4 Ways to Prevent Warpage in PCB Assembly Infographic

When manufacturing printed circuit boards (PCBs), various issues can arise, but most are preventable or correctable. It is crucial to pay attention to these issues and take measures to avoid problems down the line. One of the most significant challenges in PCB assembly is warpage, which, if left unattended, can lead to stretched joints and unfit boards.

Understanding Warpage

PCBs are designed to be flat, providing a stable surface for mounting components and connecting traces to create functional circuits. Whether single or multi-layered, the flatness of the board is a fundamental requirement. Warpage in a PCB occurs when it becomes twisted, bent, or warped, causing it to deviate from its flat form. Warpage can manifest as either a bow or a twist.

  • Bow: In the case of bowing, the board forms a single arch, either upward (positive bow) or downward (negative bow), along one axis.
  • Twist: A twist warpage causes the board to bend in both the lengthwise and widthwise directions, creating a combination of positive and negative curves. This curvature disrupts the alignment of traces, components, and holes on the board’s surface, leading to numerous assembly problems.Warpage primarily affects the assembly process, resulting in incorrect component placement, stretched or open joints, solder bridges, solder flooding, and incompatibility with the final build due to dimensional deviations. This issue hampers the proper functioning of automated placement machines and soldering processes, potentially leading to short circuits and improper connections.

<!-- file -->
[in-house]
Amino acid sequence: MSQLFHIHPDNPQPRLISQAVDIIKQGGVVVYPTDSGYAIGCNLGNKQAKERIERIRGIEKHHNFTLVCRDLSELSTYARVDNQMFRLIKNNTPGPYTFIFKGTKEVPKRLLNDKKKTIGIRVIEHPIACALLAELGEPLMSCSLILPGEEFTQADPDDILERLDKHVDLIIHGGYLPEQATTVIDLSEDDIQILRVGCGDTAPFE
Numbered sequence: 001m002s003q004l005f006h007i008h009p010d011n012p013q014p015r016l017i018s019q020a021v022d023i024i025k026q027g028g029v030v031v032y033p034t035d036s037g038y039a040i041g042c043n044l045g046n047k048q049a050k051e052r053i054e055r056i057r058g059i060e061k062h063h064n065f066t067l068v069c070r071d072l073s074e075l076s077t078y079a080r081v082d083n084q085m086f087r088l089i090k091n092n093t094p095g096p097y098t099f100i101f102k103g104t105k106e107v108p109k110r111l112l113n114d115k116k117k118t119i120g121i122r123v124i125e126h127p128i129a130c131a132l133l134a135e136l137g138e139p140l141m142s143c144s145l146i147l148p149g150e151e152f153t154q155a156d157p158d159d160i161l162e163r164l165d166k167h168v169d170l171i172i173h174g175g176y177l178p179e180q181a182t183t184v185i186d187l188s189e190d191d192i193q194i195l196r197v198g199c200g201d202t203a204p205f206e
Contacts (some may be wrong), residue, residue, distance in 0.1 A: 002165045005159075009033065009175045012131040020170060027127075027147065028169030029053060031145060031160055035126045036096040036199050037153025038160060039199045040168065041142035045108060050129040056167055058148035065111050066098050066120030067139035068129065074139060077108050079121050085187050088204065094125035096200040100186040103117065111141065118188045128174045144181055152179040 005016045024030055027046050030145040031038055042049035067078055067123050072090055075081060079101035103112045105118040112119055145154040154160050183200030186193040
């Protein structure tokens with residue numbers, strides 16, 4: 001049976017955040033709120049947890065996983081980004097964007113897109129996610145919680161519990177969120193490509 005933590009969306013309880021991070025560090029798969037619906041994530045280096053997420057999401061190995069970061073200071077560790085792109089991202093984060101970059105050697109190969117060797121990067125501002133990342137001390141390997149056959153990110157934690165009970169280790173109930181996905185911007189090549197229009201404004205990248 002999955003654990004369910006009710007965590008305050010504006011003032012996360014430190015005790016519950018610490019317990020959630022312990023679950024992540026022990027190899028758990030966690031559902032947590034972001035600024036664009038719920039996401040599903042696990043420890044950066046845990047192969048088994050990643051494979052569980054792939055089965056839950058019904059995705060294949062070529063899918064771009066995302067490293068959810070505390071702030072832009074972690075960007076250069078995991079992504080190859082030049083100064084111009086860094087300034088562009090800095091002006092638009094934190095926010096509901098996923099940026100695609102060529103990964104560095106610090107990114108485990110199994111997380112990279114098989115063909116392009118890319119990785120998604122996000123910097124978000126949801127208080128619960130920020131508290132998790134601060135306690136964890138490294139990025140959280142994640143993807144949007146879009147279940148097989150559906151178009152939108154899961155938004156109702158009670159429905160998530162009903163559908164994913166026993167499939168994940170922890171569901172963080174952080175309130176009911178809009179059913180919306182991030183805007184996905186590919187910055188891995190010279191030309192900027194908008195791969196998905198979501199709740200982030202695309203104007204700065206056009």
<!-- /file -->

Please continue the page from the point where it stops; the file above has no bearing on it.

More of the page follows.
Causes of Warpage

    Warpage in PCB production typically arises from two main factors: excessive physical stress and coefficient thermal expansion (CTE).

    Excessive physical stress can result from improper stacking or securing of the board. For instance, if a board is stored incorrectly, placed under excessive pressure during storage, or clamped too tightly in a frame during assembly, it may become permanently bent.

    CTE-related warpage occurs due to differences in the expansion rates of the board’s copper traces and the substrate material. When subjected to temperature changes, these disparities in expansion rates lead to the board warping.

    Regardless of the cause, once the warpage begins, it tends to worsen during the reflow/solder stage due to increased heating. However, you can predict and mitigate potential warpage issues with proper planning.

    Preventing Warpage

    While there are no industry-specific specifications for PCB warpage, general standards, like IPC-A-610E, specify that the maximum allowable bow or twist should not exceed 0.75% from the board’s original axis, resulting in a failed PCB.

    To prevent warpage, PCB designers can consider the following factors:

    Balance of copper content: Ensure that all layers of the PCB contain a balanced copper content to maintain consistent thermal expansion.

  • Balance of substrate: Keep the substrate levels uniform across all layers, or use additional substrate material to compensate for uneven copper expansion.
  • Pallet design: Design the pallet used in production to avoid putting excess pressure on the board’s edges and consider clearance for components.
  • Pre-treatment: Plan the reflow oven’s temperature profile to promote even heat distribution and prevent warpage during the soldering process.Warpage is a significant concern during PCB assembly, but it can be prevented with careful consideration and pre-planning. By addressing these key factors, PCB manufacturers can maintain the flatness of their boards and ensure successful assembly.source: https://www.myemssolutions.com/how-to-prevent-warpage-in-pcb-assembly/


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